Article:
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TL;DR: Read the last paragraph.

My girlfriend lives in Thailand and I live in Germany. We're both nationals of Thailand and Germany respectively and not of any other countries. I visited her in Thailand recently; now we're looking into finding a way for her to visit me.

Our long-term plan is for us to marry and for her to move in with me but we're not ready for marriage yet (we are ready for moving in together, though). As I understand the marriage visa ("Visum zur Eheschließung / Eingehung einer Lebenspartnerschaft"), it does not allow her to visit me simply on the basis that we are in a relationship, I can provide for her living expenses, and we want to marry at some point, but does instead mandate that the marriage is already planned and applied for. Please correct me if this is wrong.

She does have a university degree in biotechnology but as I have previously learned that university degrees of a different Asian country (Indonesia) do not have any basis in real qualifications, I'm not too sure whether that Thai degree is of any value for finding a job in Germany. Our plan therefore is for her to enter Germany without working in Germany.

In any case, she currently has a job in processing orders for a German chemical company at a branch in Thailand. She cannot take a lot of vacation time but she might be able to work remotely while in Germany. However, the way I understand the Schengen visa requirements, Germany mandates that employees be on vacation while visiting Germany. Please correct me if this is wrong.

If Germany does not allow her to work remotely, she will have to quit her job and she is willing to do so as she is not particularly happy with it. However, the info page about the visitation visa (https://bangkok.diplo.de/th-de/service/besuchsvisum/1372806) says "Beschäftigungsnachweis" (proof of employment), making the impression that in order to be granted a Schengen visa, she needs to have a job. Is this the case even if I send a letter of invitation saying that I'll cover her expenses ("Verpflichtungserklärung")?

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  • @Willeke Thank you for the hint! We'll use that site for building a long-term plan if necessary.
    – UTF-8
    Commented Mar 19, 2023 at 10:48
  • On second thought, if your lady wants to stay in Germany for three months this visit, this question will fit on Expats. Do you want me to move it there? I think the answer you got here already (which will move with the question) does answer the short term nature for this visa.
    – Willeke
    Commented Mar 19, 2023 at 13:05
  • @Willeke Yes, move it there, please. She wants a long visit, so getting the 90 days would be great.
    – UTF-8
    Commented Mar 19, 2023 at 13:58
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    @Willeke a visit authorized under a Schengen short-stay visa is on topic for Travel, not for Expatriates.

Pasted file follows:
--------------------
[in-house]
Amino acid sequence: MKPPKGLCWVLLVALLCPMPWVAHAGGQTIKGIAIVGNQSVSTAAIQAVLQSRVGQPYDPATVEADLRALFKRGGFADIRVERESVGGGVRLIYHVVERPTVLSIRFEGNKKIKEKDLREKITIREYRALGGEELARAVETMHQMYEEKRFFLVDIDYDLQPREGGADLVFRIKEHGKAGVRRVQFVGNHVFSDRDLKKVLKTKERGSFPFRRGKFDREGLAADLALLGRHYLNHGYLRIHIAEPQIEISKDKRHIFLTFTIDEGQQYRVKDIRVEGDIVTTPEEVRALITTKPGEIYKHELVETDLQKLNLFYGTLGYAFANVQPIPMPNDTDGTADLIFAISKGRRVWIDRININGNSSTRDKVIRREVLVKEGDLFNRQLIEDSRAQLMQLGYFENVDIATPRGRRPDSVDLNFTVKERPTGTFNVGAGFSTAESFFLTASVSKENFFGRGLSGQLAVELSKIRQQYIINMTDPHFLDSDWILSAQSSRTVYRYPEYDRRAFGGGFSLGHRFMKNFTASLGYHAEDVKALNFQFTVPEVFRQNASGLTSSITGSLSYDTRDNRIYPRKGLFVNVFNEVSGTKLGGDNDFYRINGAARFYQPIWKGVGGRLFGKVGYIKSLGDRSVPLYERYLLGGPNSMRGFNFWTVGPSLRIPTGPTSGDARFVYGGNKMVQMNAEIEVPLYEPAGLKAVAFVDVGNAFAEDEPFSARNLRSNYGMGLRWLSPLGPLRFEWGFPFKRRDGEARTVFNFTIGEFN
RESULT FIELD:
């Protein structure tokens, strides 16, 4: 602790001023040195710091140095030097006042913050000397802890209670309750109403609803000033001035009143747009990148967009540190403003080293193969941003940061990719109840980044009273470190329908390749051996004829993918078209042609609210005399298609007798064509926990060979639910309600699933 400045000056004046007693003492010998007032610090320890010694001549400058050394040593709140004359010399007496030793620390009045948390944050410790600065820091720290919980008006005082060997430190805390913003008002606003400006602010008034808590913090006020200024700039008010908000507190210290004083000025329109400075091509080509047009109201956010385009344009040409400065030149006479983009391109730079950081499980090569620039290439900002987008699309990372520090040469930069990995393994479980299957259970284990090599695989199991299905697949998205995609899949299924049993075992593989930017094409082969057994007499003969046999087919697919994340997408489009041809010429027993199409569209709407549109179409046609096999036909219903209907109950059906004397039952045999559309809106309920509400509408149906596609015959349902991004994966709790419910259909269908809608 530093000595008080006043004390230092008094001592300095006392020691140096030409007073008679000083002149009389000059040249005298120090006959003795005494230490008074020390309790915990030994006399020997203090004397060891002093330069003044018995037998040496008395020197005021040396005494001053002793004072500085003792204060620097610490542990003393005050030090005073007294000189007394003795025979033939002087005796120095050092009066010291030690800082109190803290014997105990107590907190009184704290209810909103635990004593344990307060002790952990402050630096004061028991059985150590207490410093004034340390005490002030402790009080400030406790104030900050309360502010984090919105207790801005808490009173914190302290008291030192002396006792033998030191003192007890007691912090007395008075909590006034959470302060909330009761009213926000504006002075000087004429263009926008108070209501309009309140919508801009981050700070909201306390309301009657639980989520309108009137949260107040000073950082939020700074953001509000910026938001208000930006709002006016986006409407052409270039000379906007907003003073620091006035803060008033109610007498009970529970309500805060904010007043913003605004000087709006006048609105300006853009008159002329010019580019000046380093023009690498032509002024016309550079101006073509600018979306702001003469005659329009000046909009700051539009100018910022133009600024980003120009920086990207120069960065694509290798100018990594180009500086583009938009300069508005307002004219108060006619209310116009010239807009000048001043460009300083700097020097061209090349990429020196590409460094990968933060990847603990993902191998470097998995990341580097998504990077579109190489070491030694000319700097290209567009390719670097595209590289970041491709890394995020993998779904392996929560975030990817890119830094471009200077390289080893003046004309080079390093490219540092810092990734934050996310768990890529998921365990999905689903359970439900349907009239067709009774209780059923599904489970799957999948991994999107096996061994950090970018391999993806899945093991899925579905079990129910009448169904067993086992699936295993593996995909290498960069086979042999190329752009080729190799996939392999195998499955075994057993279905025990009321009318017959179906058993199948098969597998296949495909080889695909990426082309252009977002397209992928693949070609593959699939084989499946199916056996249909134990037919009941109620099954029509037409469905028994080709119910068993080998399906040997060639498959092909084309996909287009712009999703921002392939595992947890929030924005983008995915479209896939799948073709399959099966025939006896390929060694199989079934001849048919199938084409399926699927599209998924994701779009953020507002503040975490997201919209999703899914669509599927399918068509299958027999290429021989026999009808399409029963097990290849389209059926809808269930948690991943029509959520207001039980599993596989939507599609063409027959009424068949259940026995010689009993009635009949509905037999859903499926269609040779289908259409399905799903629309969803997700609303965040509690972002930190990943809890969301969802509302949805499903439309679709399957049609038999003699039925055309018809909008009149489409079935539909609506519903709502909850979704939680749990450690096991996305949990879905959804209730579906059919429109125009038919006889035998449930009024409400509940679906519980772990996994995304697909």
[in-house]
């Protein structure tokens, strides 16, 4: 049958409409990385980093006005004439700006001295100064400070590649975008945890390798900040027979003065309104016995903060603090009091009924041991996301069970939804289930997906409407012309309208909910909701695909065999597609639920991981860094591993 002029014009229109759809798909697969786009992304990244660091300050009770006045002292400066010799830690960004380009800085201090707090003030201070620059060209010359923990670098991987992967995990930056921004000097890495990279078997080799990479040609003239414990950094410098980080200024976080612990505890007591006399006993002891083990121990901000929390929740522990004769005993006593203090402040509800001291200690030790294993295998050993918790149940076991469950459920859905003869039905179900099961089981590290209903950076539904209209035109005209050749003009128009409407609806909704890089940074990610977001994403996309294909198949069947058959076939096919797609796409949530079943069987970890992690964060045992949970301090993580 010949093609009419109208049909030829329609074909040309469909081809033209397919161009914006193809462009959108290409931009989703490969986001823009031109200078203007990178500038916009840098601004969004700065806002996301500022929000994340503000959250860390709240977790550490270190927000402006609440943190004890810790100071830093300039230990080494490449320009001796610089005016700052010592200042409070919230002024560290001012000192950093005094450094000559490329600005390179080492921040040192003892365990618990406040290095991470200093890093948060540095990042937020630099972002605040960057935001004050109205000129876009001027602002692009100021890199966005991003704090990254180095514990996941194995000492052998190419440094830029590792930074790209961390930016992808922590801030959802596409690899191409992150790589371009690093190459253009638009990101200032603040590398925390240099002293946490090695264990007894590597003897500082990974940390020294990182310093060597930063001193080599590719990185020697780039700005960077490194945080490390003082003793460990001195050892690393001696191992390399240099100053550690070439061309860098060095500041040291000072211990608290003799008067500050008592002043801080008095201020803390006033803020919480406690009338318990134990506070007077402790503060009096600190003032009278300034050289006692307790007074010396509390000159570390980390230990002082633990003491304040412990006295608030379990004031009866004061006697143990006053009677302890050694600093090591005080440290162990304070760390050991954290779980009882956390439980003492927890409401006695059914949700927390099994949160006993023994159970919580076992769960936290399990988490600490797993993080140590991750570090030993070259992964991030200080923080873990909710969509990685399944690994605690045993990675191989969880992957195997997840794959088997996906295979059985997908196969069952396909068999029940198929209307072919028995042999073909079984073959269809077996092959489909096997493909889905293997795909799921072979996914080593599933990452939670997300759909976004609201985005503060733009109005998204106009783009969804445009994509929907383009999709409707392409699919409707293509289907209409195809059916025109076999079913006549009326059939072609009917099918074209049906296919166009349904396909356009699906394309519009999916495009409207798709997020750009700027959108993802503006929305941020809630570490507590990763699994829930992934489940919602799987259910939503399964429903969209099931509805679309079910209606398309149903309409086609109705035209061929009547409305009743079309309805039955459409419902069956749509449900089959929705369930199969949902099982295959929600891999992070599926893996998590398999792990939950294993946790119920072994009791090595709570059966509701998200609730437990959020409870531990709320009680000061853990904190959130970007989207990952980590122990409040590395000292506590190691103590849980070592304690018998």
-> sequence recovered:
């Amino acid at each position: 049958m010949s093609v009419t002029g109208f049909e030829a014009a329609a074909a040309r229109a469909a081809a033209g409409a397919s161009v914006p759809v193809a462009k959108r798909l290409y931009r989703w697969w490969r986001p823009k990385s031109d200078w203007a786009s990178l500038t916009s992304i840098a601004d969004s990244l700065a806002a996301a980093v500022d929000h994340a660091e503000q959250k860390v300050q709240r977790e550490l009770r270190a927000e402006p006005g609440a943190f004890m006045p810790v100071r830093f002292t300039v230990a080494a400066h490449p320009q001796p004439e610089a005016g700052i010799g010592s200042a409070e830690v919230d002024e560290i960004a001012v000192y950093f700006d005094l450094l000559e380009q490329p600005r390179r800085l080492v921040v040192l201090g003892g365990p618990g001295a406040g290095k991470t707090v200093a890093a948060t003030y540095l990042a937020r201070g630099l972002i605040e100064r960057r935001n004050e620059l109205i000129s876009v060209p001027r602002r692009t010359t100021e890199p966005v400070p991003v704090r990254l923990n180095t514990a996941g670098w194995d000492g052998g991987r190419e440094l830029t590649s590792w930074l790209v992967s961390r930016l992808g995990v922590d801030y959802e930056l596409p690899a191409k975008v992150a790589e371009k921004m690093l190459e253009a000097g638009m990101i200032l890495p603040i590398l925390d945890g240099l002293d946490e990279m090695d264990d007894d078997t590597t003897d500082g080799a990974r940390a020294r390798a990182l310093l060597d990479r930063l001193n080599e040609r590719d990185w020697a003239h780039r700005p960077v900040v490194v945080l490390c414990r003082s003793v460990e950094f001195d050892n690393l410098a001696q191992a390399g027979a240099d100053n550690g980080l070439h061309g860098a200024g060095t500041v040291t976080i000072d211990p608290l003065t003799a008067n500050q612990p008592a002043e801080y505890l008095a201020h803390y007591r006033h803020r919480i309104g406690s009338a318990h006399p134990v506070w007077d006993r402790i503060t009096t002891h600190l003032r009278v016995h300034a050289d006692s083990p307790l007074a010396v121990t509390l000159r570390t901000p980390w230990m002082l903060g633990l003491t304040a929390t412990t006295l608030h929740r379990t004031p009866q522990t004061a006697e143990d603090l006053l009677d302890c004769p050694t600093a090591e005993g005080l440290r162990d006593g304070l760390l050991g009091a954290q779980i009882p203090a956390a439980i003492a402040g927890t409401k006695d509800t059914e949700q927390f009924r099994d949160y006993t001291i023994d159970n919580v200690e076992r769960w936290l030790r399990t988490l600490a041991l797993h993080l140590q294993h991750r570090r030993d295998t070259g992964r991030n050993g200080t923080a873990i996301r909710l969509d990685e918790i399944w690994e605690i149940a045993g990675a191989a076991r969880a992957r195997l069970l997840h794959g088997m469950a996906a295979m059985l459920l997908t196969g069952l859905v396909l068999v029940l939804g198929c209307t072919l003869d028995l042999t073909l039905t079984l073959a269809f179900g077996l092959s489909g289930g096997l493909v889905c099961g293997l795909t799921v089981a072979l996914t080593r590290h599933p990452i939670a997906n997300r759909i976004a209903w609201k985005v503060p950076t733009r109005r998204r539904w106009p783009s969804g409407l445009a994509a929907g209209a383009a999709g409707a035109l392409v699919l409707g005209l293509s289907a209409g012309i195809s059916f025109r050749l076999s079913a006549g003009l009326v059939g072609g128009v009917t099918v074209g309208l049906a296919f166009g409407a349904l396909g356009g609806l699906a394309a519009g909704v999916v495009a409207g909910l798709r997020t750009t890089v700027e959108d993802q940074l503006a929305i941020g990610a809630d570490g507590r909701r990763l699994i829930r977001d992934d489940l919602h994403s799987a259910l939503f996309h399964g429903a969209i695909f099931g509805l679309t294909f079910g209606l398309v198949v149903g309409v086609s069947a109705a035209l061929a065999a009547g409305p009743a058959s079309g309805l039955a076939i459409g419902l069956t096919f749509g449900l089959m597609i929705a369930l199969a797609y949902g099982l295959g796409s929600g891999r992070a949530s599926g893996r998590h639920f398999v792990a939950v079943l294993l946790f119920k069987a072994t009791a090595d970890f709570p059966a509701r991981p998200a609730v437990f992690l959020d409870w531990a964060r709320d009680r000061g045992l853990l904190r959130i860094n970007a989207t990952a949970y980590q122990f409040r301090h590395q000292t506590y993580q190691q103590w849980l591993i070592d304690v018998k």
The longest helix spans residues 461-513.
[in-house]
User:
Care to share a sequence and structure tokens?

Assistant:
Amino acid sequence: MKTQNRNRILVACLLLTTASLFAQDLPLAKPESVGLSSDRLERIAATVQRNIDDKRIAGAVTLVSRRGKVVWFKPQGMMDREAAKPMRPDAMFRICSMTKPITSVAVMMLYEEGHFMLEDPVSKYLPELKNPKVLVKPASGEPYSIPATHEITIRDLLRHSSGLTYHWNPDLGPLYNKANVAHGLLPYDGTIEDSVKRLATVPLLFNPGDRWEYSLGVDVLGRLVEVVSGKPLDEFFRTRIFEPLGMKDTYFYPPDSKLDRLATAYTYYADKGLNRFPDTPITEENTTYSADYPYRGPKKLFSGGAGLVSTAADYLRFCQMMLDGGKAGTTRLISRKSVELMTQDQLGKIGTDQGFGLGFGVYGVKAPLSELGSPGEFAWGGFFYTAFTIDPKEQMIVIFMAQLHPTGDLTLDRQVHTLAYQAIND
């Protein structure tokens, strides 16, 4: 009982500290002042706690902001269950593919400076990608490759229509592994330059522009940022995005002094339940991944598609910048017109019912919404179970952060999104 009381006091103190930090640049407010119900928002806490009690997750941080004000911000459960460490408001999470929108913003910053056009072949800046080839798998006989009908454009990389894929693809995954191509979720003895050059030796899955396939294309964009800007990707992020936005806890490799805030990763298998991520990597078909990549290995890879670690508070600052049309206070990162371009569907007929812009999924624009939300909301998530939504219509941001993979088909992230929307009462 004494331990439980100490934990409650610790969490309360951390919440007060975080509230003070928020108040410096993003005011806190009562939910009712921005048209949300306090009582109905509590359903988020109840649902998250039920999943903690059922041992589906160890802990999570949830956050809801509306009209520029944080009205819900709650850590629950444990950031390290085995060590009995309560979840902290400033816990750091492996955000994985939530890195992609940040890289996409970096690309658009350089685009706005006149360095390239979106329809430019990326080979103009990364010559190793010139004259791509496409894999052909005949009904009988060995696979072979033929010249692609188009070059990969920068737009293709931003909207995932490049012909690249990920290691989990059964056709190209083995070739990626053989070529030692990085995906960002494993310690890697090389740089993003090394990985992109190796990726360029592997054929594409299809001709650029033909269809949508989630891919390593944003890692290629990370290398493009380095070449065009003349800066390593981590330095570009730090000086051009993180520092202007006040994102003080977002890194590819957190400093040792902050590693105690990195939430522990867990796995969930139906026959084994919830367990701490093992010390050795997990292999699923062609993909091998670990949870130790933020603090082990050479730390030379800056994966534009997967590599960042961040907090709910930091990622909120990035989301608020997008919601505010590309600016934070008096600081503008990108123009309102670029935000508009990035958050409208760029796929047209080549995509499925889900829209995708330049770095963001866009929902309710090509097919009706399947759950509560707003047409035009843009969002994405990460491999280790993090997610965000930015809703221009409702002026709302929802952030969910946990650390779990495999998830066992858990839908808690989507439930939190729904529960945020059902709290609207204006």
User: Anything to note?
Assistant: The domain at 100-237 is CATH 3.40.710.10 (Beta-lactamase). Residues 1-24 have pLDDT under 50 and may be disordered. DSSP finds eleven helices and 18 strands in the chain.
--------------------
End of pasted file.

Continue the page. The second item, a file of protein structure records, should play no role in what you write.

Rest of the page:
– phoog
    Commented Mar 19, 2023 at 18:26

1 Answer 1

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No, but ...

To get a visitor visa, she has to convince the visa officials that she is genuinely a visitor, i.e. that she plans to leave again. A job is not absolutely necessary for that, but having no job is going to hurt her chances.

  • She cannot work remotely while she is in Germany. Not for a Thai company, not for a German company. To do that, she needs an Aufenthaltstitel with a work permit.
  • As I understand it, you plan to live together for a time to find out if you really want to marry. This is not, usually, covered by a short-term visa up to 90 days. You should think carefully about how you think of this visit and how you describe it.
    "Visiting to meet a friend and his family" might be reasonable for ten days, twenty days, maybe, but not for three months. "Living with a partner" for long enough to find out if you are really compatible tends to last longer than 90 days.
  • A Verpflichtungserklärung will increase her chances to get the visa, all other things being equal. But even with a Verpflichtungserklärung, she has to convince the officials that she wants to leave again.

The answer with a short-term visa is to plan for a short-term visit with a return to her homeland. That implies keeping her job for now.

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    Providing the GF can show compelling ties to her home country, and is honest about the purpose of the trip (“to visit my long distance partner, whom I have known for xx years and who has previously visited me in Thailand xx times’) the OP might be able to justify a longer visit on the basis of eg the cost of applying for the visa and booking a flight, and the length of the journey.
    – Traveller
    Commented Mar 19, 2023 at 17:49
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    "This is not, usually, covered by a short-term visa up to 90 days...'Living with a partner' is not a brief visit": citation needed. "Living with a partner" is allowable under a short-stay visa if the duration of the stay complies with the 90/180 rule.
    – phoog
    Commented Mar 19, 2023 at 19:33
  • @phoog, in my experience, couples need more than 90 days to find out if they want to marry. I'll edit.
    – o.m.
    Commented Mar 20, 2023 at 5:23
  • "she needs an Aufenthaltstitel with a work permit" - this sounds misleading. work permit and residence permit are different things. Also there ARE visas that allow to work immediately (not tourist visas though). Commented Mar 21, 2023 at 22:39
  • @AndreySapegin, which one are you thinking of? Aufenthaltstitel covers most other than documents for family members, a Duldung, or a Fiktionsbescheinigung, and those do not apply here.
    – o.m.
    Commented Mar 22, 2023 at 5:19

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